But by this time one, or both, of the baristas behind the bar have captured your attention with, one is tempted to say, the warmest greeting ever received in a coffee shop. While cafe culture at large tries to disentangle itself from the cool aloofness so en vogue in the mid 2010s, Push X Pull inhabits a completely different planet. At this level of whatever it is they’re doing, you can’t really call it customer service anymore. It’s something much closer to, well, friendship.
In a world where a lot of relationships have been reduced to transactions, it can feel like you’re stuck trading off quality for personal warmth or vice-versa. But not here. Somehow Christopher, and the people he’s surrounded himself with, press into both simultaneously. You can see it in his eyes as he talks to you. There’s an intensity there that verges on uncomfortable, giving you a clear sense, this guy is not here to mess around. But you quickly realize that his intensity isn’t burning toward something as mundane as ‘success’ whatever that could even mean. Christopher isn’t going to be distracted from what matters. His intensity is actually an unfolding hunger to pierce through the facade of things into the reality, the substance underneath.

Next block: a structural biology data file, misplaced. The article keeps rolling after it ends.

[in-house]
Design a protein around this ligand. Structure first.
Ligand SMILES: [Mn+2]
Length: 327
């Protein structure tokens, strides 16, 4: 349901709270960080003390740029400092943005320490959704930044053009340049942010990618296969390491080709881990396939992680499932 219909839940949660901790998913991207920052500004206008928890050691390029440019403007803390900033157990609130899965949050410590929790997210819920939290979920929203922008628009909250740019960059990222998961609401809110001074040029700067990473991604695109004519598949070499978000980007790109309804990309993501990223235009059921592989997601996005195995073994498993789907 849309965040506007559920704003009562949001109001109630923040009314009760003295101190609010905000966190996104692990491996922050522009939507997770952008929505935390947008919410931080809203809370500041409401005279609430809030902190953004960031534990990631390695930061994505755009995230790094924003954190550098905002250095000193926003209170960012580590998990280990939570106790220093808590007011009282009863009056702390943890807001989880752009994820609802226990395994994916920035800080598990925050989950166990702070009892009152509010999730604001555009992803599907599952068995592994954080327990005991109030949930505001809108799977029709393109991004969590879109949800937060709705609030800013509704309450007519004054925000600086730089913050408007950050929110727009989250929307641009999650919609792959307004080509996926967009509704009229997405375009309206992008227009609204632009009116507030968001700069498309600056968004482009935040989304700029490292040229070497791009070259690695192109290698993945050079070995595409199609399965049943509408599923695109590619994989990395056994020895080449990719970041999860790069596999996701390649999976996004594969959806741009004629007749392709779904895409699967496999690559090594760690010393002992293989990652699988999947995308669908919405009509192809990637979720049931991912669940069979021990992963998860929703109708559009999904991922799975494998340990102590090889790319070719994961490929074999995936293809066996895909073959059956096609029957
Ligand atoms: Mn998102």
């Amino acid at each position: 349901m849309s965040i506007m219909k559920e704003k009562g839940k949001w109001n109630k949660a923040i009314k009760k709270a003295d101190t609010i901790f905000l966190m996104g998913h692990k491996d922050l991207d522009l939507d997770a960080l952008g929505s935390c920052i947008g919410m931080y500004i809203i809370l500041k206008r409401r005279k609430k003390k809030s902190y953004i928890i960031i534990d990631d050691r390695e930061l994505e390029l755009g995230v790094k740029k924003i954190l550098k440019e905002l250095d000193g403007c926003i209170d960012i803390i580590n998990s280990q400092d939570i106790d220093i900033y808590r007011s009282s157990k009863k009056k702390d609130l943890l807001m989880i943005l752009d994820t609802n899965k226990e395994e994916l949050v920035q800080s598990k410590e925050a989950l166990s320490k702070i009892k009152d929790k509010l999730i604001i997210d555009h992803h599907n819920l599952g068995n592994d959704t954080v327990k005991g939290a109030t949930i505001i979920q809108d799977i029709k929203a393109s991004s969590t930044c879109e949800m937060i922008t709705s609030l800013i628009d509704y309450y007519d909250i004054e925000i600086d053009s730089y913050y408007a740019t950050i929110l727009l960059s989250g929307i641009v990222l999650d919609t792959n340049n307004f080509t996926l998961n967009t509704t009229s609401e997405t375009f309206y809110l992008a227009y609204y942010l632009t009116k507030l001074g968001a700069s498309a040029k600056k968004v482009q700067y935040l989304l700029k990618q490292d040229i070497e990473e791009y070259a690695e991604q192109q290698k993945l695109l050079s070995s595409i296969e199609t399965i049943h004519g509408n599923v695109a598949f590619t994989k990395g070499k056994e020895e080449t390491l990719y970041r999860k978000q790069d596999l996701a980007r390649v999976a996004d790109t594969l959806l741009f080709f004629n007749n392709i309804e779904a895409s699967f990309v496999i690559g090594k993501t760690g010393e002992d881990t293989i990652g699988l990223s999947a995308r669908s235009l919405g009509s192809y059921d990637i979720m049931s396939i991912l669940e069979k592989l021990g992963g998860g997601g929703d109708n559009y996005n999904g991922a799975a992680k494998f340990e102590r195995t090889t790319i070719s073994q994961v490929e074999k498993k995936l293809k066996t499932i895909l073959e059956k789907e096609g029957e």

This hunger explains how he’s able to chat with a customer like an old friend–no, able to chat with a customer who has become an old friend–while pushing the envelope with some of the tastiest natural process coffees around.
But it’s not just a hunger related to work. Christopher and his family recently moved to West Seattle for a new work opportunity for his wife. For now, he’s splitting up his weeks with three days helming the roaster at Push X Pull, and four days dadding it up near Alki Beach with his son, Shiloh Bean.
The origin story of Christopher and his wife is fairy-tale perfect for a future cafe owner. She was a customer at the bakery/cafe where he was working, her drink (he remembers instantly) was a decaf americano with splenda. After a few years of Christopher roasting at home for friends and family, she can now tell within one sip if it’s coffee from some other roaster or his own handiwork.